A Final Verdict for PAF?

13 April 2005

The Finish Supreme Court ruled on Feb. 24 that the Internet gambling offering from the Slot Machine Association of Åland (PAF) is in violation of lottery laws in mainland Finland. The court referenced four key issues: marketing, the site's availability in the Finish language, PAF's involvement with Finnish banks and the use of personal data.

Founded in 1967, PAF is an association under public law with the purpose of acquiring funds for the benefit of public welfare in the Åland Islands by offering gaming services to the public. Its gaming operations are licensed and supervised by the Åland government.

The Åland Islands, an autonomous region in Finland, is a group of more than 6,500 islands in the Baltic Sea between Sweden and Finland, east of Stockholm. Their total area is about 1,500 square kilometers, and the total population is approximately 26,000.

PAF made its debut online with the launch of sports betting games in December 1999. Casino games followed in June 2000, and lotteries were added in April 2001.

The Finnish Ministry of the Interior has questioned the permit to operate Internet games granted to PAF by the Åland Provincial Government.

The department filed a complaint to the National Bureau of Investigation on May 24, 2000. That resulted in a police investigation regarding PAF's Internet games, which, according to the state prosecutor, were violating Finland's lottery law. The state prosecutor brought the case to the Åland District Court in September 2001.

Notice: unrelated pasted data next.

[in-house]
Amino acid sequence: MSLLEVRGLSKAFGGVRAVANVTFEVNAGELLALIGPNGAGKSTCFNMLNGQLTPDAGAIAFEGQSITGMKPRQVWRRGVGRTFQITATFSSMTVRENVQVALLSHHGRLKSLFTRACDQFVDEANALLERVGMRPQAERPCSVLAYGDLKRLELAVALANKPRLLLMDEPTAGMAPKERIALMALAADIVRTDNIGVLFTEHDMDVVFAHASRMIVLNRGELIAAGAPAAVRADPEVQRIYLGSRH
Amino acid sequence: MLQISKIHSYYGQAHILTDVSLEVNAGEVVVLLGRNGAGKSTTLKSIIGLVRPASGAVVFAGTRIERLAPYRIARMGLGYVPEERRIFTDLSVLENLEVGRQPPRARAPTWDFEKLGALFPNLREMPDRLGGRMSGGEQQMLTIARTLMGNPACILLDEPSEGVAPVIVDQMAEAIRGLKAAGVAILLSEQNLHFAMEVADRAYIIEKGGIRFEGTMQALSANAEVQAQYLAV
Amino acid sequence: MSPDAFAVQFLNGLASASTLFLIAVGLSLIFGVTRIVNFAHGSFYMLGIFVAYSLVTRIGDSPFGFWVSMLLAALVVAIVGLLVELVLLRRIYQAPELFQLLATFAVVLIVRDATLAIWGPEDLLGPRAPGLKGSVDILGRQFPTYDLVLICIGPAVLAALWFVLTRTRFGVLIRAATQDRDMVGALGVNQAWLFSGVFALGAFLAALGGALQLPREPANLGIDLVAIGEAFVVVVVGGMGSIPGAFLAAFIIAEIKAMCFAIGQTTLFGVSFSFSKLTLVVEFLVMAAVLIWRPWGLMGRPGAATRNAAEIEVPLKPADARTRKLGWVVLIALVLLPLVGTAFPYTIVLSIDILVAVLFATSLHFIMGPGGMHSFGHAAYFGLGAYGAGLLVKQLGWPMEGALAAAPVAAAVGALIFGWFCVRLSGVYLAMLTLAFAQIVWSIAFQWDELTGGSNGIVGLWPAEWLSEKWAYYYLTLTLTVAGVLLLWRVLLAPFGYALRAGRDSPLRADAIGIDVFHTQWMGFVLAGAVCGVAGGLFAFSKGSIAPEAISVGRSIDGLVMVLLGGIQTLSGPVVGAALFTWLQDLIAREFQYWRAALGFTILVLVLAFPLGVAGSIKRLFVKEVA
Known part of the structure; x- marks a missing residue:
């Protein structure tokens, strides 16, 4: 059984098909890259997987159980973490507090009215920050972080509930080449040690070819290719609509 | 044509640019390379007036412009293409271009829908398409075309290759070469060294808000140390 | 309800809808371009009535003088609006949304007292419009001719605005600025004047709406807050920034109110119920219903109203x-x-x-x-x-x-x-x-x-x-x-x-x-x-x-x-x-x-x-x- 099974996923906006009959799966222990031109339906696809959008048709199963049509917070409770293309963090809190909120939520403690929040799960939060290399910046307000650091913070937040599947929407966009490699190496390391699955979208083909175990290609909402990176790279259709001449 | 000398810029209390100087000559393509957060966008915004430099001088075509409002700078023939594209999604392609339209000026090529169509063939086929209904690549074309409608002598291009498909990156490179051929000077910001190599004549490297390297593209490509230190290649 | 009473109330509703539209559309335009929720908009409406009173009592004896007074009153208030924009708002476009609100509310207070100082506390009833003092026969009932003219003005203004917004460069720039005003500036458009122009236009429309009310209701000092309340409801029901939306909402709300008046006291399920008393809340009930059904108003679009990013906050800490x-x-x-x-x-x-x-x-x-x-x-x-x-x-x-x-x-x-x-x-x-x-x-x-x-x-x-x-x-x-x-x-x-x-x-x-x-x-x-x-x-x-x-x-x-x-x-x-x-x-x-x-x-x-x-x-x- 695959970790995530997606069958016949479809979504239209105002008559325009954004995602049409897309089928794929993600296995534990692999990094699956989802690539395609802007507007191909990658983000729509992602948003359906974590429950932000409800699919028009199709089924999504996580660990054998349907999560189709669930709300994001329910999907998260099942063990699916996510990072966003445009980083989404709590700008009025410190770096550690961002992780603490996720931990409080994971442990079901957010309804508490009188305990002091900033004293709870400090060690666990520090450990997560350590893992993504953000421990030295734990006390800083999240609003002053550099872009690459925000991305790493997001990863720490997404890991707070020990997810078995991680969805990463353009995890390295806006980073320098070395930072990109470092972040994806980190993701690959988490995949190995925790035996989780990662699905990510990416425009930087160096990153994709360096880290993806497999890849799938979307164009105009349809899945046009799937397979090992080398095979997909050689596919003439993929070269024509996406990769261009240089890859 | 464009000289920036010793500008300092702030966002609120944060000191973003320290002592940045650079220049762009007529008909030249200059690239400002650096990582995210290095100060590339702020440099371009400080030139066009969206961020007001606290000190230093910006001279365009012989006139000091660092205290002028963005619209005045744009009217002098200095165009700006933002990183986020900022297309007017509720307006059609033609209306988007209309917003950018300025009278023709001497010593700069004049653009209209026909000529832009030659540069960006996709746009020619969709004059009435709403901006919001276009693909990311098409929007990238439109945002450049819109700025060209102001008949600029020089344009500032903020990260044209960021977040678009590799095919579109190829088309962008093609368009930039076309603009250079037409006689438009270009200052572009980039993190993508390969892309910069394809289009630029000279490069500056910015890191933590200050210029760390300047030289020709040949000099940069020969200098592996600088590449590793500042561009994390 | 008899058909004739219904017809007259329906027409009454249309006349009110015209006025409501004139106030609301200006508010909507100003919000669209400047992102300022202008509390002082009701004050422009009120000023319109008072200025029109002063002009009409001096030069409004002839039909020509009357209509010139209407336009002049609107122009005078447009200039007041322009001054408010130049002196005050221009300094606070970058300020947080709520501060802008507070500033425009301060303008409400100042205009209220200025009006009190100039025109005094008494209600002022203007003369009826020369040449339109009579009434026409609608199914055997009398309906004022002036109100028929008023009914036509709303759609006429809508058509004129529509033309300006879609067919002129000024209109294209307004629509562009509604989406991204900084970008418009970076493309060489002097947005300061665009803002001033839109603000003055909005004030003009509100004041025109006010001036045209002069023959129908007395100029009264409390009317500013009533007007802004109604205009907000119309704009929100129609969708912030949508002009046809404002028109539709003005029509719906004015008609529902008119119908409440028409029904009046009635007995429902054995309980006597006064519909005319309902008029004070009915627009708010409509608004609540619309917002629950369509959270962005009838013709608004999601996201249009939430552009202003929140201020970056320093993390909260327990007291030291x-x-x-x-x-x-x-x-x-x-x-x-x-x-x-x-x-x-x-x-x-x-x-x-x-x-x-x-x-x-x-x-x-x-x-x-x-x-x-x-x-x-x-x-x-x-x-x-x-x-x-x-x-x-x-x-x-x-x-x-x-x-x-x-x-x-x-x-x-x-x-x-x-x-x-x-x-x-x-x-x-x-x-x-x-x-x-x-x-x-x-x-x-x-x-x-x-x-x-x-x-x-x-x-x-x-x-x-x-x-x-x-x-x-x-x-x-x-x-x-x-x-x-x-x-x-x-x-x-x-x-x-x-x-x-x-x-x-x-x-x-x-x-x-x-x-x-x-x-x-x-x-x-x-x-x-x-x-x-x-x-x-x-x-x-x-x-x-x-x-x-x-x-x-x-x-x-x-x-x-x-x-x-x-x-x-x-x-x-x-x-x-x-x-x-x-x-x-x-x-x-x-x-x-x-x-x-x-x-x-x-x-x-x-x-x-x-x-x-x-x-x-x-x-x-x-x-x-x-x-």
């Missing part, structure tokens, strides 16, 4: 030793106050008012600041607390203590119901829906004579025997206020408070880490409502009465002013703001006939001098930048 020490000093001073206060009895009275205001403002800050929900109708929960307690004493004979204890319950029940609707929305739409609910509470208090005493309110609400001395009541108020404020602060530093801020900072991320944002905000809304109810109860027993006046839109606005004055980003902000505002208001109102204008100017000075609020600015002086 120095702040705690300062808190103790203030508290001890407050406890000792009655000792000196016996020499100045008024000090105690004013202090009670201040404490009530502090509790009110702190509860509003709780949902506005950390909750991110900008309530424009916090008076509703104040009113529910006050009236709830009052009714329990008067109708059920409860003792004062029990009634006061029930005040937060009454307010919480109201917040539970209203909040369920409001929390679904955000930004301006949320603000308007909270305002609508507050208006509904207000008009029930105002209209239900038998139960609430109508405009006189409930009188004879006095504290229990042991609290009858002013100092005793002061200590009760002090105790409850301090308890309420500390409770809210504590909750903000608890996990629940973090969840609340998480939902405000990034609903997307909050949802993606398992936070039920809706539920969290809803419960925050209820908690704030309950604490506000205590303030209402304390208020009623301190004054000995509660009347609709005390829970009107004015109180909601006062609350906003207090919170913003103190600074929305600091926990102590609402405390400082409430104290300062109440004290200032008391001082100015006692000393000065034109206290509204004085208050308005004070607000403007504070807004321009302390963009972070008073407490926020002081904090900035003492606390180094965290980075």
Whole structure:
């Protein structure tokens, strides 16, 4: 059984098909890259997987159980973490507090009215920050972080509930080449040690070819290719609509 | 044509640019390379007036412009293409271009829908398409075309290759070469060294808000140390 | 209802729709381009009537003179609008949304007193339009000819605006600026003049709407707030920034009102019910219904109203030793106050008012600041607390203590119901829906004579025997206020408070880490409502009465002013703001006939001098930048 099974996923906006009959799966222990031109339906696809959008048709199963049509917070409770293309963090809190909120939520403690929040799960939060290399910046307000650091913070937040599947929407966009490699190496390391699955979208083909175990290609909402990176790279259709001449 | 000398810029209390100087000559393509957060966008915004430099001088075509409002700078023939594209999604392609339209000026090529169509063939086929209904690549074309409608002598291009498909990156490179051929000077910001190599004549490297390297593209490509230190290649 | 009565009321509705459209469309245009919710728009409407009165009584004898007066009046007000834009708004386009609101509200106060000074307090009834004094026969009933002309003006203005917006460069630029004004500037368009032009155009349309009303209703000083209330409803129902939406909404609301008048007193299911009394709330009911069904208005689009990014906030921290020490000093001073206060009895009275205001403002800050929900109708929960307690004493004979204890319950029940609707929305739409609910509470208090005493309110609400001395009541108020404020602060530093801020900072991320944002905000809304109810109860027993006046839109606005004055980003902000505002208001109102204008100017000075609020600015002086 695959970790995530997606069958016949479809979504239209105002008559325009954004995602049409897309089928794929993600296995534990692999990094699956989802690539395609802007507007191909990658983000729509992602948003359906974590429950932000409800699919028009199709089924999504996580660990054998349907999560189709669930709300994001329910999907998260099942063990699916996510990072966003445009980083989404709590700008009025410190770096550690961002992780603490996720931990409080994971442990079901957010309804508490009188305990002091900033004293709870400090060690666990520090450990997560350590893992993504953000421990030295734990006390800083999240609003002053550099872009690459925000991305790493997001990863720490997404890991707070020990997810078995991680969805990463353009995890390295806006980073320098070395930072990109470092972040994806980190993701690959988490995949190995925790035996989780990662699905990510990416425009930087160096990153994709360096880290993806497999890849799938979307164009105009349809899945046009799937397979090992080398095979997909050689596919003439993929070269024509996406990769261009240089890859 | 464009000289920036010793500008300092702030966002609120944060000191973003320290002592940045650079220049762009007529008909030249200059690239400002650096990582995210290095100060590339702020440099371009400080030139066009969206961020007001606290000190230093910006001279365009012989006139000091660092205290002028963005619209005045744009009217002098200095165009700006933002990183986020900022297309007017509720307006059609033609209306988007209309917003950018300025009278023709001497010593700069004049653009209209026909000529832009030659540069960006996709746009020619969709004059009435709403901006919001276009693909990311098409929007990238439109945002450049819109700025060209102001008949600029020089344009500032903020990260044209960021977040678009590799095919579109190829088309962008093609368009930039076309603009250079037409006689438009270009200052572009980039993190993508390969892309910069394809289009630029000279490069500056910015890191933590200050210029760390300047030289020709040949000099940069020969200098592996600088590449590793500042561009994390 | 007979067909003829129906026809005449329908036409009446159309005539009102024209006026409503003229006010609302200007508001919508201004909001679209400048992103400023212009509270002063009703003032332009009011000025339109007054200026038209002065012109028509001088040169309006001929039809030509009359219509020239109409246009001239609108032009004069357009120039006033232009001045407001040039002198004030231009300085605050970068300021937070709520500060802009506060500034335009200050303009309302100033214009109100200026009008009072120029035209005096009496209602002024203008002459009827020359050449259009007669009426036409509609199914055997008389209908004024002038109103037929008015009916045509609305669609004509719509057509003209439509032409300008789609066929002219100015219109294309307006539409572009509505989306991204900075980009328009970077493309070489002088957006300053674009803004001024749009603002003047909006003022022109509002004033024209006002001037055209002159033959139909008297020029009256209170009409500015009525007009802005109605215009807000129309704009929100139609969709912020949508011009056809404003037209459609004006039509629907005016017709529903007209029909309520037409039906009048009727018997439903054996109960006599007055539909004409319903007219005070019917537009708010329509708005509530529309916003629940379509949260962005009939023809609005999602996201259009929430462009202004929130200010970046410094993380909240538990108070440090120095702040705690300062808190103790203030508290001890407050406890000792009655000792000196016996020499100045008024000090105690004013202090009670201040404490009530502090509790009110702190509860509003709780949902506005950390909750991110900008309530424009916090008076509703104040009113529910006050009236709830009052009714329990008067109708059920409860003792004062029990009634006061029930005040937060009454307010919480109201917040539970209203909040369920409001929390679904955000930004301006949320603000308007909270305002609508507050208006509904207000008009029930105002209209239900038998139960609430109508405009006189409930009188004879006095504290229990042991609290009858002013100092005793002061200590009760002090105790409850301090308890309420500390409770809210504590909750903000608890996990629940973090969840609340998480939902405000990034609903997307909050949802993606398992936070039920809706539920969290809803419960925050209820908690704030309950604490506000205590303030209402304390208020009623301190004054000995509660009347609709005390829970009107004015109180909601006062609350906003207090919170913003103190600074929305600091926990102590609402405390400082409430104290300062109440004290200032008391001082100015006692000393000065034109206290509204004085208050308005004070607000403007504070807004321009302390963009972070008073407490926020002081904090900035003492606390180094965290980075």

The District Court ruled in November 2001 that PAF was guilty of violating Finland's lottery law due to too intense marketing of its Internet games in 2000 and 2001, including, among other things, advertisements in the Finnish media and marketing campaigns in Finland.

The Åland gaming company appealed the judgment of the District Court to the Turku Court of Appeal and was freed of all charges by the unanimous Court of Appeal on March 31, 2003.

State Prosecutor Christer Lundström applied for a leave to appeal in the Supreme Court against the Turku Court of Appeal ruling, and the Supreme court granted the leave on Nov. 17, 2003.

Responses to the Verdict

"The biggest problem," PAF CEO Lars Porko explained, "is that the Supreme Court ruling leaves room for speculation, and at this moment, neither we nor anyone else knows how the verdict should be interpreted. The Ministry of the Interior and Veikkaus (the 100 percent state-owned national lottery of Finland) have made a conclusion of the ruling in their favor, and PAF has made a different conclusion.

"The Supreme Court states that the lottery law has been interpreted in the light of 'common composition and purpose' and 'the social aspects on which lottery legislation is based' are of vital importance.' In the judgment on the operations in question, the Supreme Court has not attached decisive importance to the fact that PAF's administration and other operations are based on the Åland Islands. In this respect, the ruling of the Supreme Court is in a totally opposite direction than the decision announced by the Turku Court of Appeal on March 31, 2003."

PAF has submitted a direct written answer to the government of the Åland Islands concerning the group's conclusion regarding the Supreme Court ruling.